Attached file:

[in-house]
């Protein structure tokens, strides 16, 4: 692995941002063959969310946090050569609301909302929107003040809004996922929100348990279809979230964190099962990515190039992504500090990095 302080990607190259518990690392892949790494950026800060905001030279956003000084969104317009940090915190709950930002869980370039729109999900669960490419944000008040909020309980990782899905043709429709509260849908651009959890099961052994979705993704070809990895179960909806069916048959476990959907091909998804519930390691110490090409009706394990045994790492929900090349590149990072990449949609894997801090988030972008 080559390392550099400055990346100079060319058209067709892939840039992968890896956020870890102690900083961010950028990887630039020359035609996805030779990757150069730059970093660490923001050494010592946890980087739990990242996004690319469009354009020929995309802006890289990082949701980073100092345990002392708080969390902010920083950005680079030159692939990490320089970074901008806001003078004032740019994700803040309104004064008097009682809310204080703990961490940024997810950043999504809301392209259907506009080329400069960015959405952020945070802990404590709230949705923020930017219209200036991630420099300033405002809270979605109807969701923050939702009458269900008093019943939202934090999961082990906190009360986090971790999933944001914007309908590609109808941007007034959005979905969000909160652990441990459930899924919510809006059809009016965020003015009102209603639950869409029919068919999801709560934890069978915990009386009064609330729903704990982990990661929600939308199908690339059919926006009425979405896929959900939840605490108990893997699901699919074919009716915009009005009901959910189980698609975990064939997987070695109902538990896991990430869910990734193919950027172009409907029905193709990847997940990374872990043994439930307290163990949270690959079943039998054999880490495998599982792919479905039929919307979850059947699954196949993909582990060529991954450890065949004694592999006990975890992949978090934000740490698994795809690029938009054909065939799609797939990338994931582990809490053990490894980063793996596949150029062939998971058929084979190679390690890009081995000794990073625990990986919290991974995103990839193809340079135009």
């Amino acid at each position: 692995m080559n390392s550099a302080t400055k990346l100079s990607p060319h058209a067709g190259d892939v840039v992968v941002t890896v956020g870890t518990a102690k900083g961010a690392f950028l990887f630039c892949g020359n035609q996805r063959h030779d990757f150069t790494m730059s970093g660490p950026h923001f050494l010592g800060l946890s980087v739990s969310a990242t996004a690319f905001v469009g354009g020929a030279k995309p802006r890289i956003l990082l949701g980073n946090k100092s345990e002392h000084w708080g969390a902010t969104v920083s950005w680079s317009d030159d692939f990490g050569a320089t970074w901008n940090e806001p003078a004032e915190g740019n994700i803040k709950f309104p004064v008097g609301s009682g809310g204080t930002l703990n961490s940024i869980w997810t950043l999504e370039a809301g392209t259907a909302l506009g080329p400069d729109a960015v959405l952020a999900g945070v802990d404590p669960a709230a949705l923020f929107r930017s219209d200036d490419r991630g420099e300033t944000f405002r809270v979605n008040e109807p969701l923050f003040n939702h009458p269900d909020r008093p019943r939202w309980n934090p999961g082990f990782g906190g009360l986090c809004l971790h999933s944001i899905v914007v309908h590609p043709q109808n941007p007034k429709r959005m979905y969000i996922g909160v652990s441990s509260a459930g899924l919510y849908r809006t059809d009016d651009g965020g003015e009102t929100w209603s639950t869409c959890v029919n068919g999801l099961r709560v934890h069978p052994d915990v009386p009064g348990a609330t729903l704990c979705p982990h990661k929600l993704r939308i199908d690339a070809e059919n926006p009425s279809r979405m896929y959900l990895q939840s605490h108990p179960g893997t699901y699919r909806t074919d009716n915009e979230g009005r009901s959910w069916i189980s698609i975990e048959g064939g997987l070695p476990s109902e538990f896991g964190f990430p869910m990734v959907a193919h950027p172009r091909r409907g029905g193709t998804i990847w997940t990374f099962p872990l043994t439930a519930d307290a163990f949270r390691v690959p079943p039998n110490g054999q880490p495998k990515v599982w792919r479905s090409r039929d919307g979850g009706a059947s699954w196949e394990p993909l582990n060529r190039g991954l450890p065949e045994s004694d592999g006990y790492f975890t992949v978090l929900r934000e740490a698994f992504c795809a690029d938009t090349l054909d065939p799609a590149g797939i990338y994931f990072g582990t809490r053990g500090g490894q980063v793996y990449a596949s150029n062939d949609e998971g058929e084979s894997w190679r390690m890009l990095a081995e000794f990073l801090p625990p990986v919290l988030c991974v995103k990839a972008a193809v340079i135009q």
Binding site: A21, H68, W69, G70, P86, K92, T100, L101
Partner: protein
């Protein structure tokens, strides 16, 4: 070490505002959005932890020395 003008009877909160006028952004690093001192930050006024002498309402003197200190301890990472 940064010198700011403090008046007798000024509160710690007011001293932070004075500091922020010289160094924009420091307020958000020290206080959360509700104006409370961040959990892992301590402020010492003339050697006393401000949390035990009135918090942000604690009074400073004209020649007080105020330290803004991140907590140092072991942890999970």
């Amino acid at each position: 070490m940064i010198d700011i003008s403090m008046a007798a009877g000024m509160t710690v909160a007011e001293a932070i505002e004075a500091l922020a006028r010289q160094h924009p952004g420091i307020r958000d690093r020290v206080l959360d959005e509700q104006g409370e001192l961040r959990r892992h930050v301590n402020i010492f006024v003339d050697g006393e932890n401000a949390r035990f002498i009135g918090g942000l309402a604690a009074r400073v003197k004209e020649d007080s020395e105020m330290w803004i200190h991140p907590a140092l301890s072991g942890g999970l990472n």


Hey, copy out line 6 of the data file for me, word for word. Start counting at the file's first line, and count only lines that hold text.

């Protein structure tokens, strides 16, 4: 070490505002959005932890020395 003008009877909160006028952004690093001192930050006024002498309402003197200190301890990472 940064010198700011403090008046007798000024509160710690007011001293932070004075500091922020010289160094924009420091307020958000020290206080959360509700104006409370961040959990892992301590402020010492003339050697006393401000949390035990009135918090942000604690009074400073004209020649007080105020330290803004991140907590140092072991942890999970």